Sixth Homework
Posted 9 Nov 2005 by herman

This homework is due Monday 14 November.

The task of this homework is to gather and prepare data that can be used for display on a map, such as the Google or Yahoo mapping services.

Background

If you look at the Google Maps API Documentation (there is similar documentation for the Yahoo Maps API), you'll find that locations of maps and items shown on maps are specified using Latitute/Longitude coordinates. The plan is for a future homework to use the API to show some customized content on a map, and for that you need:

  1. A "database" of interesting items, their locations, and probably some extra information associated with the items.
  2. You'll need to convert the locations to the form needed by the Map API, namely as latitude and longitude.
After you have such a database, you can design an interactive application to map the items, respond to queries about the items, and so on. For instance, notice how Google responds to searching for "hotels iowa city iowa" if you enter that into http://maps.google.com/. Different queries will show different things on the map (this is enabled by having a database of hotels, restaurants, etc).

Choosing Items

There are many possible things you could have in a database. You could have locations of ATM machines, locations of stores and the times they are open (searching for stores that are open would only show those currently open, so the result would be dynamic). You could Wardrive and get a list of WiFi access points. Perhaps there is a calendar of events at different locations so that a query about particular date or date range could show the events on the map. Maybe there are other databases with environmental data available through other departments on campus that are location-specific for our area. If you want to do something quite ambitious that would be a team effort, you'll need to discuss that with me first. Try to think of something that isn't available already on the web and that has enough content (at least 20-50 items) to be interesting.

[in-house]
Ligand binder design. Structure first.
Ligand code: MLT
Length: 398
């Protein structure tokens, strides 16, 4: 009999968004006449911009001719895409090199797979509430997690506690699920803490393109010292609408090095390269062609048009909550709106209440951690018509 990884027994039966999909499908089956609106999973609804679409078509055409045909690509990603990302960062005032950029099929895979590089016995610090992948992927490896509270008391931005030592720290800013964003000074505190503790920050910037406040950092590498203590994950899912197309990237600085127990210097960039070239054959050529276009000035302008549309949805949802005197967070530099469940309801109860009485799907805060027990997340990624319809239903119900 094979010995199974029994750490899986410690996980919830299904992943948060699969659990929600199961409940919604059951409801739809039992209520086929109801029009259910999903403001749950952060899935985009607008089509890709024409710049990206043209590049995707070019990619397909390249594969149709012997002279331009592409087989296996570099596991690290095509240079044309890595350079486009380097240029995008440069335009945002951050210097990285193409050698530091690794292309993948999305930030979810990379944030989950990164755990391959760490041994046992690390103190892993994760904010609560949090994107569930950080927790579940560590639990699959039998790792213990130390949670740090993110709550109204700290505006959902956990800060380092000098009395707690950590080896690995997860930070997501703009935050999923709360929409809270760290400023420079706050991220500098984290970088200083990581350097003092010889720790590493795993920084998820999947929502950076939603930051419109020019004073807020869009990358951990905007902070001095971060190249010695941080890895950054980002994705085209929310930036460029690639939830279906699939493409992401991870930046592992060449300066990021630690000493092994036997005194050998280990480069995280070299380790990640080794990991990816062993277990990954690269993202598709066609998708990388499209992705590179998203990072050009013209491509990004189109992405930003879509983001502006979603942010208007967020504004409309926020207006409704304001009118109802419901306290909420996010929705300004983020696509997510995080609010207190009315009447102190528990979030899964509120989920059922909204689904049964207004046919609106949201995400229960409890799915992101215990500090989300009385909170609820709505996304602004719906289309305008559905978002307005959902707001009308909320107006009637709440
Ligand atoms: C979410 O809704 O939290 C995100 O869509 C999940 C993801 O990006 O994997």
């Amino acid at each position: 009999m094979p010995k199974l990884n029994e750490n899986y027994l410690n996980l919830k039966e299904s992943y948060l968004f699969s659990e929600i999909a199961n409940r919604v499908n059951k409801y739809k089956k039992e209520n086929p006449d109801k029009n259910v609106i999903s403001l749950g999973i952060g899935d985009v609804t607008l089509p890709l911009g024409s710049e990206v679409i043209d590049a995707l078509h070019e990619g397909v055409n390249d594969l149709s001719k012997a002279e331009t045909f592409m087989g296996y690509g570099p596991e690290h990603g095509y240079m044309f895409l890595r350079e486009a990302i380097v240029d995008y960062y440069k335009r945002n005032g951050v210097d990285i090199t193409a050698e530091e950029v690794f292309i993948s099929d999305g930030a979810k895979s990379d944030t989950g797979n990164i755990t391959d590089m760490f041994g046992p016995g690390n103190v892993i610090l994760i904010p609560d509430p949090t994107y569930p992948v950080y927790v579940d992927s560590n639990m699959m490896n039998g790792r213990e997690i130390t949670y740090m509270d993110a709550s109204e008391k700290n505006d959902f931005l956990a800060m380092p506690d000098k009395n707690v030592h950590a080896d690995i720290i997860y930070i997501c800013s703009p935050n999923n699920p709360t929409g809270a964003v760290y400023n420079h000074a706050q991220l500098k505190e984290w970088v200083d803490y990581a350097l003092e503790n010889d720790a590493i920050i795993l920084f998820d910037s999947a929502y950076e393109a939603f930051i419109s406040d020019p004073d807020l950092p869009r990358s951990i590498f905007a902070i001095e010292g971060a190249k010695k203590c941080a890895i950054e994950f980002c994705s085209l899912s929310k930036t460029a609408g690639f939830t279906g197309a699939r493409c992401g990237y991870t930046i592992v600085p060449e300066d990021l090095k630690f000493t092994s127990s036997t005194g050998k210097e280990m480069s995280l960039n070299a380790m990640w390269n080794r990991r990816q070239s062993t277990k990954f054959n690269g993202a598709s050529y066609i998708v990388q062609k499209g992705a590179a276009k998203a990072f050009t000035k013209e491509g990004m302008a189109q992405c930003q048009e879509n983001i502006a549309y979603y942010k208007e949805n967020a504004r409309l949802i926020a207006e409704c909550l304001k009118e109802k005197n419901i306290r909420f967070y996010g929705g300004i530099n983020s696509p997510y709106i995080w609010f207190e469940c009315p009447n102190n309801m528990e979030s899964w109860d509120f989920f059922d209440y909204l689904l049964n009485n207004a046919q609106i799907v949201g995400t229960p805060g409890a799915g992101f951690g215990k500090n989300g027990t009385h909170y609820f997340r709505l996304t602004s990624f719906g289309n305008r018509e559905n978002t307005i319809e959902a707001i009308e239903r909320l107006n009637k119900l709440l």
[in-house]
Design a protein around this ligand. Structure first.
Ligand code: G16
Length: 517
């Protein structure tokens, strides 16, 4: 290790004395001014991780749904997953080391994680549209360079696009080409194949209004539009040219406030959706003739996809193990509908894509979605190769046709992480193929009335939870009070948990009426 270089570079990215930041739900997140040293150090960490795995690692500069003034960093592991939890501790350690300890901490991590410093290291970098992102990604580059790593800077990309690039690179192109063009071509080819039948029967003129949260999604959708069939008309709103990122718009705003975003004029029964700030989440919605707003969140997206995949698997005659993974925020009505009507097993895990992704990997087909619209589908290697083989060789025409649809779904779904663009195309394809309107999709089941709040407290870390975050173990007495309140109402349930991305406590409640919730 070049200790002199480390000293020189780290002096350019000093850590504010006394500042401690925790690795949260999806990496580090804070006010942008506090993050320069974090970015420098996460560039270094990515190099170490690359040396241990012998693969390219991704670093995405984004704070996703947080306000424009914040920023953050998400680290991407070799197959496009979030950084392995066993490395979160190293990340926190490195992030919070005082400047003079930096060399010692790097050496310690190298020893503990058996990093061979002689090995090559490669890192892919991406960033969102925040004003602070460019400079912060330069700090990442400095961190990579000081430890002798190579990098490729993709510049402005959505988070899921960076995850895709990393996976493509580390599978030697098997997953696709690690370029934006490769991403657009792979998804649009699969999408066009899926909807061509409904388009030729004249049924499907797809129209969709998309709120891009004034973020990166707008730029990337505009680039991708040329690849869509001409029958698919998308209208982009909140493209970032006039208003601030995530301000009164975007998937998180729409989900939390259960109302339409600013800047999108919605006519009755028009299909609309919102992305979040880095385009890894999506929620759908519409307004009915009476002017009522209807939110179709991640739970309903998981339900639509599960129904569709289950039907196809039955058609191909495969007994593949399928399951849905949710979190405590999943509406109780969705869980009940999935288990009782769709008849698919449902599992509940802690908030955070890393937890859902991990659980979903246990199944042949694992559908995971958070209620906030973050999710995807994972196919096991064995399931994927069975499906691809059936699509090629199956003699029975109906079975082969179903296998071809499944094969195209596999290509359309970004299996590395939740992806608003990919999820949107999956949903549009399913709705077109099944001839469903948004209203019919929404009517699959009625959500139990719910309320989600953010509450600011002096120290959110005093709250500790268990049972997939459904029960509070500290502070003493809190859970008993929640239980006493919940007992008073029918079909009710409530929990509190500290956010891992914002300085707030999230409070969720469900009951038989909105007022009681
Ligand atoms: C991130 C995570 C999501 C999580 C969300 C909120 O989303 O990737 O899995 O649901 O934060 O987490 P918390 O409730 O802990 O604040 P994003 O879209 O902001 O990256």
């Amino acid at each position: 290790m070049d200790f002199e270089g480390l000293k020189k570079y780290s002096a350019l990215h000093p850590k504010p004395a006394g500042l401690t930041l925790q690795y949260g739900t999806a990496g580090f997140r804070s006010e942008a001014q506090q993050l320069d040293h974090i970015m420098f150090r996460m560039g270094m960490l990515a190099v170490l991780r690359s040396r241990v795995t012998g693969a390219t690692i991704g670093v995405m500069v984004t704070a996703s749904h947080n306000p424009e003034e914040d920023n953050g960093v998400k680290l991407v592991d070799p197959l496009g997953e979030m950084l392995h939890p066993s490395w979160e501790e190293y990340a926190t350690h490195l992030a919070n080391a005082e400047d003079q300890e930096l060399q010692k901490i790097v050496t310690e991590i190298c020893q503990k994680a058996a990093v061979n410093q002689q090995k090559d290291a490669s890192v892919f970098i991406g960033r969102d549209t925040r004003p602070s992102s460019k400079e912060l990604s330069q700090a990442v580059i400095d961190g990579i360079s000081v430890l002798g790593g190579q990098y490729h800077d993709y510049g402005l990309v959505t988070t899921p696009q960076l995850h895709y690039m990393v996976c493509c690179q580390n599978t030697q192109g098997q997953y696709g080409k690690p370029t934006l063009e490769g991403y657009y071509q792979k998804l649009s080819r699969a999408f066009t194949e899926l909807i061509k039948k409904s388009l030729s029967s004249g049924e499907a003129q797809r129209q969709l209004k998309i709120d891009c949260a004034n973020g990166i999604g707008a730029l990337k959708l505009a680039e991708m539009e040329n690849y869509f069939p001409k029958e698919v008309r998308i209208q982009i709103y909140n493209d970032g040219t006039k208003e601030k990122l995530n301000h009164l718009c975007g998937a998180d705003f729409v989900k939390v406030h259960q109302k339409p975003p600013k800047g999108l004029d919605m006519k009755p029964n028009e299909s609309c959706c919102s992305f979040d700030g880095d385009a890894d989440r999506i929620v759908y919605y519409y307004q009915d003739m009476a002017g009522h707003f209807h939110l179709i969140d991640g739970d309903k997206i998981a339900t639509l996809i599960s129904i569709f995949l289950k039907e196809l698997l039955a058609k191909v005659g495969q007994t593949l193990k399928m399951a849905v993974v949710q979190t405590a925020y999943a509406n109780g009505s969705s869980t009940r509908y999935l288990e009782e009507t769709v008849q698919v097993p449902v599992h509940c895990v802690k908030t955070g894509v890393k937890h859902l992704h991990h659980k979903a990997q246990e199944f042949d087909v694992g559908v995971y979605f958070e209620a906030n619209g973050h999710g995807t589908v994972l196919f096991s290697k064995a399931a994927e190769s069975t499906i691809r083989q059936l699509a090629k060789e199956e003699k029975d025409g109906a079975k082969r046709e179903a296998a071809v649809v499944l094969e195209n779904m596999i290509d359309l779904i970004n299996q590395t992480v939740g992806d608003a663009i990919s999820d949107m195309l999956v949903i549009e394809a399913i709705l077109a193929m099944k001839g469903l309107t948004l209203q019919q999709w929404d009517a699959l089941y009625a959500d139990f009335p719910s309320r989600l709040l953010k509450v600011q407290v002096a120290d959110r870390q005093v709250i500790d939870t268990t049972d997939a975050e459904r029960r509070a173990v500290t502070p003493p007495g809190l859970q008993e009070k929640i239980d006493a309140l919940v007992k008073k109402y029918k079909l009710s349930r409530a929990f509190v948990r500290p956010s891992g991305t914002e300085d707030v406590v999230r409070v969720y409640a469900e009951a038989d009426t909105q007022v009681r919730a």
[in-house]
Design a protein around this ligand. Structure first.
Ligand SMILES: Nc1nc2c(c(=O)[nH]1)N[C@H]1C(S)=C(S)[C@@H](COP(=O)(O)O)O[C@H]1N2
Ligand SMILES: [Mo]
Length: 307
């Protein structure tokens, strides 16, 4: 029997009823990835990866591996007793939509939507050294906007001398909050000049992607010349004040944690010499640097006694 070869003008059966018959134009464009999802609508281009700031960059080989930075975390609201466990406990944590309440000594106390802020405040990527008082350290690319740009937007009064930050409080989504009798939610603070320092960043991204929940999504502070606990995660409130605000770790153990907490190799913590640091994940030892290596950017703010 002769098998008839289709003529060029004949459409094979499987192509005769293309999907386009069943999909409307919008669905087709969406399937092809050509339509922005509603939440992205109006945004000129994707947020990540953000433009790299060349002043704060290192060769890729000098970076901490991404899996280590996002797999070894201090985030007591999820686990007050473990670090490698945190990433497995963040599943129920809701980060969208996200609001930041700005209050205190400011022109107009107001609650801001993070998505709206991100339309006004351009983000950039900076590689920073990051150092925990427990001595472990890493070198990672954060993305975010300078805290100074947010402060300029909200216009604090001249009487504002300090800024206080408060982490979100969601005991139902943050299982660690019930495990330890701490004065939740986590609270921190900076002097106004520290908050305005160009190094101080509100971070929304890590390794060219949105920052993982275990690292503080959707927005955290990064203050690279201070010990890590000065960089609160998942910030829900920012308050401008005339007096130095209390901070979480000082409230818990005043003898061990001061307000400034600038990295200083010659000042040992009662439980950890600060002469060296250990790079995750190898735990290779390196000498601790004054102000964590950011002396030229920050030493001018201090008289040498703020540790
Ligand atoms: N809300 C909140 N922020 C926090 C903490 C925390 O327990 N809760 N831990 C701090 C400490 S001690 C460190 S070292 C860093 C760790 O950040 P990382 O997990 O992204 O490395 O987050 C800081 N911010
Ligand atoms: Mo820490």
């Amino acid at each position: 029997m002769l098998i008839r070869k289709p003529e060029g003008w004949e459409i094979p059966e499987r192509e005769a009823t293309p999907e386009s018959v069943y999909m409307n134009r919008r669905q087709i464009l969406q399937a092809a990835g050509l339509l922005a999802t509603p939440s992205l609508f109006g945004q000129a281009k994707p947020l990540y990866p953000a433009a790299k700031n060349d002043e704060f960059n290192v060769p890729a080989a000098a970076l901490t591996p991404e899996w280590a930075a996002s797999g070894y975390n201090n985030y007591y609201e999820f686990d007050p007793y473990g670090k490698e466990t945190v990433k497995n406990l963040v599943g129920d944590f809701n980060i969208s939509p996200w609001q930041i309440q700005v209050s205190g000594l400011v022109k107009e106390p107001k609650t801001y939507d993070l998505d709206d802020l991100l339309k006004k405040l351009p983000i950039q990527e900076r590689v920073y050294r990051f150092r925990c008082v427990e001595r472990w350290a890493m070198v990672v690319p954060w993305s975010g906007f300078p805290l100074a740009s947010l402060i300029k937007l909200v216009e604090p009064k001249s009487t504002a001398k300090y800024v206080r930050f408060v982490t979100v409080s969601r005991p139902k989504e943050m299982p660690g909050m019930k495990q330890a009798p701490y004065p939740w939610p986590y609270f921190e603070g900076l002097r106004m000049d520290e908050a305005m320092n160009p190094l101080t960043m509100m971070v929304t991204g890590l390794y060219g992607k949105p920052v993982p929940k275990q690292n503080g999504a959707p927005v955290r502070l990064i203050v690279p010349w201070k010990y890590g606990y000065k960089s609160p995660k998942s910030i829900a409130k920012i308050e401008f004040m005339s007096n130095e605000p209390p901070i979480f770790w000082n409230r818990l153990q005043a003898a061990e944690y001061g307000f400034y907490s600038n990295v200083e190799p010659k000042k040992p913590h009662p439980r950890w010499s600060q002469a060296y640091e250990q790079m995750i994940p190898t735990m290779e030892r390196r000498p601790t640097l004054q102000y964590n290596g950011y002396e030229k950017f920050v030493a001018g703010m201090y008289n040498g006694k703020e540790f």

Obtaining the Coordinates

If you have a good GPS unit, you might be able to directly get latitude and longitude data; however most of the applications use street addresses and then convert to latitude/longitude (you can read about Geocoding and there are web sites that do this online, such as this one, as well as others listed in the Wikipedia article).

I notice that a common geocoding technique queries one of the servers dynamically, as done for instance in this example. If you view the page source, you see that a "geocode.js" is likely used to convert an address to a lat/long, which might be a javascript program like this one. However if you have a database of items, it's probably better to look up the lat/long data once and store into the database --- this is faster, more efficient, and you can correct mistakes introduced by the geocode servers, which only interpolate to estimate the lat/long.

What's Due

Make a text file of your items, the lat/long locations, and other associated data that will eventually be used for your online application. Note that you can still add to this data after turning in this homework; the point of the current homework is to show that you have done adequate preparation for the next homework.

Submit your text file using the submit command (as you did for earlier assignments), to the geoData directory of c118.


Grades Posted, posted 16 Nov 2005 by dcurtis
Grades for the Sixth Homework have been posted. Please check your grades and let me know if there are any discrepancies.

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